“The youth is becoming increasingly radicalised” explains Nourhan, and adds “the Internet opened the peoples’eyes but closed their minds”. He thinks of the 1980’s Syria his father described to him, where women could go out in public with short skirts and without covering their hair. Even at university, most of his classmates, well-educated people from good backgrounds, became more and more radicalised, even speaking up for ISIS lately.

Although an atheist, Nourhan speaks of the hardship of being the only one in his class from a Christian family. Being Armenian on top of that made things even worse, as they are thought of as anti-Islamists by Syrians, who do not like how Armenians speak up against genocide and human rights issues. He feels that many people around him don’t even acknowledge the Turkish genocide on Armenians that occurred in 1915.

“Minorities are afraid to speak up today. All Christians are afraid today of saying that they are Christian or wearing a cross”he explains. His classmates frequently tried to convert him to Islam, getting very hostile to him when he politely refused. Other groups who are afraid to express themselves are atheists and homosexuals. “The homosexuals cannot be open about it at all in Syria – they would not live long.”

Nourhan attempted at several occasions to reach out to Western journalists to get his photographs and stories published, but did not receive a single response. His pleas for funding and equipment received the same lack of response. “Al-Jazeera gives their journalists lots of support, but they are very one-sided. If you are neutral, you do not get any support or media exposure at all, the media is very polarised.”

 

Out of fear for government reprimands, he did not want to expose himself on Skype calls with journalists. “None of the people you see on Skype live in government-controlled areas. I mean, none of them. They get captured five minutes after such a chat.”It made it very hard to share the reality of the situation to the outside world, many things do not get coverage. Many people around Nourhan felt betrayed by the West for not covering the whole story.
When he recently tried reaching out to other fellow journalists and dissidents in his region, they did not dare to speak up publicly anymore. “With government officials being hired to monitor even bloggers who write in English, a dozen-strong team can be put to trace every single thing a journalist writes or does online.”A few of his friends went to anti-government demonstrations, but were rounded up and sent to jail. When being released several months later, they were in such shock that they never dared to write or speak up again.

 

“The government can arrest anyone as they please, even the accused’s family. There is no justice – they will make up false charges and put you in jail for six months or even longer if you are stubborn.”

Regarding online censorship, he thinks that “what the government is doing is wrong, they are only making the situation worse for themselves. When you silence people, they will just feel suppressed, making them want to speak up and revolt even more. The Syrian government’s motto is that ‘The people in Syria don’t deserve freedom of speech. People even believe it, they think that they are stupid and cannot control themselves, that they don’t even deserve freedom.”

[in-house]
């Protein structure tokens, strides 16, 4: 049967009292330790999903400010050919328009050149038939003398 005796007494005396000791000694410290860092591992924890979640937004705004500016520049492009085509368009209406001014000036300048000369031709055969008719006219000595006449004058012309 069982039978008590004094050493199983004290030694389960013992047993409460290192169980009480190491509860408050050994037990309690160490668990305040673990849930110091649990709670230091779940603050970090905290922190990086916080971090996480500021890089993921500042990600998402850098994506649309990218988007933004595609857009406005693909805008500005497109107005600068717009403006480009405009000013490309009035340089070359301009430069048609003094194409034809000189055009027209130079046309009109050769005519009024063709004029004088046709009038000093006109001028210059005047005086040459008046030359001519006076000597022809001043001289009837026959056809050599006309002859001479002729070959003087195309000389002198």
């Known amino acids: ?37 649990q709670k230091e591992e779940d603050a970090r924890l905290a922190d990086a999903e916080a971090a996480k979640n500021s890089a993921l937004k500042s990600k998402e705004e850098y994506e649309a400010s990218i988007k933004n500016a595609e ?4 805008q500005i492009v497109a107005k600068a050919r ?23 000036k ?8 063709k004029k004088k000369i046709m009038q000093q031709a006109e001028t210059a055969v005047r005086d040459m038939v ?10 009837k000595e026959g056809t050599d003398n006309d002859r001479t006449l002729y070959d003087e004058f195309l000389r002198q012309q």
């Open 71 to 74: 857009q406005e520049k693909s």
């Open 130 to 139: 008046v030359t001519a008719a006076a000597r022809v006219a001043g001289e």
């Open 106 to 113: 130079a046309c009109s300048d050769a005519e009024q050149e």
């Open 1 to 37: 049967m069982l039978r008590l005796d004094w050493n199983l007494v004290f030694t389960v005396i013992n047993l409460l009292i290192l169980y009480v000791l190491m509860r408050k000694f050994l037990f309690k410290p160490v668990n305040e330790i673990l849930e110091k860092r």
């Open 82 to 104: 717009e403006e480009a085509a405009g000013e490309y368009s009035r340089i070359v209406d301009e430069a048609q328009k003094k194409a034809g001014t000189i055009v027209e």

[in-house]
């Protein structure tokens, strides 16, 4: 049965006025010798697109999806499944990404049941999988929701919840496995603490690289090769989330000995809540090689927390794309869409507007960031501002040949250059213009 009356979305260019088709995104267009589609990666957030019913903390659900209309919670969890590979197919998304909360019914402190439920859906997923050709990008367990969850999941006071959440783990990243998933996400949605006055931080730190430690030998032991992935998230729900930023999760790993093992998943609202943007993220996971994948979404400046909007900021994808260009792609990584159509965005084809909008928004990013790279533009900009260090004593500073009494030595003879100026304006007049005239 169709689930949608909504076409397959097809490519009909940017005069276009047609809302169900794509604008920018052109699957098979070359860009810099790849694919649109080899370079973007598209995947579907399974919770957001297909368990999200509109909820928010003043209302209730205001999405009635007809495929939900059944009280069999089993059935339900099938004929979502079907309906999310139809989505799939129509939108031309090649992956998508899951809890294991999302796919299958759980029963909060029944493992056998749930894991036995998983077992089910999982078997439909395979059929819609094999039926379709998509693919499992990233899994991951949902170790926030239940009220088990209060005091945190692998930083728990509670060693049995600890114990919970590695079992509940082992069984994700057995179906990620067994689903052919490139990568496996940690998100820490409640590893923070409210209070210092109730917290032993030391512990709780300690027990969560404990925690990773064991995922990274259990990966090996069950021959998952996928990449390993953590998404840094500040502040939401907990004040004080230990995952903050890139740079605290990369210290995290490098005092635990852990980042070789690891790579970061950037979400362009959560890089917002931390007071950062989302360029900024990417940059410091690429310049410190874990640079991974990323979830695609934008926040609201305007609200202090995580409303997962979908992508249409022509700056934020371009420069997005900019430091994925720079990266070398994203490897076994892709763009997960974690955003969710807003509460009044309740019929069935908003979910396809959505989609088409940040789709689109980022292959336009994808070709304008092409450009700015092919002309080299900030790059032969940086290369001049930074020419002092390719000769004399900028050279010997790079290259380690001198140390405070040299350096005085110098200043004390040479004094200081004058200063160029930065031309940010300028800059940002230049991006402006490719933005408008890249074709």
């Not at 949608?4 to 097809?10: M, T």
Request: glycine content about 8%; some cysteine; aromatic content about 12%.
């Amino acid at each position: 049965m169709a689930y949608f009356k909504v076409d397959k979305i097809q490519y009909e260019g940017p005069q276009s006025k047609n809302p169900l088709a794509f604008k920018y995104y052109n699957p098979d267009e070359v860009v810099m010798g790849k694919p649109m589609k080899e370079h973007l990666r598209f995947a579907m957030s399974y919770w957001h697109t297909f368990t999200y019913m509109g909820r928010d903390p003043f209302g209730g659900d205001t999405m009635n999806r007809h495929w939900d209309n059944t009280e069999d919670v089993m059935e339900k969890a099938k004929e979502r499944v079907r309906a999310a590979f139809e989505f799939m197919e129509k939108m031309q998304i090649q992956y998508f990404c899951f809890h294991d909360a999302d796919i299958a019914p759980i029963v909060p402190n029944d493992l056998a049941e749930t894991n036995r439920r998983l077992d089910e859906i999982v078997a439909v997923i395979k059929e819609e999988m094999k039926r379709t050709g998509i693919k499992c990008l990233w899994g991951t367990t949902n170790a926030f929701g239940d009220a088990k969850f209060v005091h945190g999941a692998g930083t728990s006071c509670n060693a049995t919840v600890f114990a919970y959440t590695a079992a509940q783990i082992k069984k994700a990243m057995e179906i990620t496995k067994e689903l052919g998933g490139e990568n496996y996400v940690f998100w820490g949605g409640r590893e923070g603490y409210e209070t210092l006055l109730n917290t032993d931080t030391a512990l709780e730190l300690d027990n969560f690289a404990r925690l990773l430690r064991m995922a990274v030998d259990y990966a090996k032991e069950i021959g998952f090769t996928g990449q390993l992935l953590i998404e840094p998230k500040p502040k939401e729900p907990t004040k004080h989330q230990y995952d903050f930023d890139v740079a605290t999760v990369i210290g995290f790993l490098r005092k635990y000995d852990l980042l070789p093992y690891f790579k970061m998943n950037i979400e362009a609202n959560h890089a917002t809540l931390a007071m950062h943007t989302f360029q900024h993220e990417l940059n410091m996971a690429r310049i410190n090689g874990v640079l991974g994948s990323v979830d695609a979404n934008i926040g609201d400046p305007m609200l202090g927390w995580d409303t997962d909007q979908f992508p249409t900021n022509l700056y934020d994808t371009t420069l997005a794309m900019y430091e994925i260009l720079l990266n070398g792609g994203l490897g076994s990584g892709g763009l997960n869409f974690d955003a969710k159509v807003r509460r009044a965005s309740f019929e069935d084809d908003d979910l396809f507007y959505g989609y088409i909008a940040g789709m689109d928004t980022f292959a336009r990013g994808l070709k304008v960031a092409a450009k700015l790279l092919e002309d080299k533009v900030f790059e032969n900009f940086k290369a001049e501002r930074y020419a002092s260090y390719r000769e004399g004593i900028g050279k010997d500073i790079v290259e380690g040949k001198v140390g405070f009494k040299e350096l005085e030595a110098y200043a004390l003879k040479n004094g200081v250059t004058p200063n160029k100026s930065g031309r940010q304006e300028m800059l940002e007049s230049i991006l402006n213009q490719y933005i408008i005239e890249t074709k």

Government propaganda is very prevalent. On all news sites and social media you see images of military boots on the top of heads, which is a way for them to say that you will get the crushed if you speak up. Pro-government propaganda pages are sprouting up at a fast pace. Everyone tries to create a page nowadays and amassing followers. If you talk well about the President you can be someone – people will like you and you get better career prospects and a much easier life. Not everyone does it out of loyalty though, some do it out of fear, because if they do not show support, they can lose their job or dishonour their family.

Nourhan has lost half a dozen friends in both the government’s and the opposition’s shelling, and he was near death at 13 occasions himself. Yet he explains that the opposition isn’t heroic either, adopting the same scorched earth tactics as the government is using, shelling civilian neighbourhoods to spread fear. The rebels frequently steal houses and loot anything they can get their hands on, leaving the locals homeless and empty-handed.

Luckily, his family got in touch with an Armenian organisation in Canada who helped them get an immigration interview at the Canadian embassy. Since they came from a minority background and both Nourhan and his sister had been exposed to threats and physical violence, the family was granted Canadian visas. Today, Nourhan lives in Canada and like anyone his age, he dreams of completing his Master’s studies, finding a job and being integrated in Canadian society. He stresses the importance of integrating refugees in society, because the failure of doing so is what gives rise to the sort of extremists that go to wage jihad in Syria today.

“When you don’t speak the truth, your silence supports the deeds of the oppressor”. Speaking up is essential to bring down the terror in closed societies. Freedom of speech and an open internet are necessary prerequisites for doing so.

To fight for online freedom, non-profit NGO Advancing Human Rights with its platform Movements.org has partnered with SaferVPN to launch the Unblock The Web campaign. The aim is to bring uncensored internet access to the masses in countries around the world where governments limit their citizens’access to the open web. The anti-censorship campaign was launched to help thousands of people around the world to safely make their voices and opinions heard. The campaign makes anti-censorship software available to those who would otherwise not be able to afford it. Hopefully, freedom of information and expression online will be luxuries available to everyone around the world one day.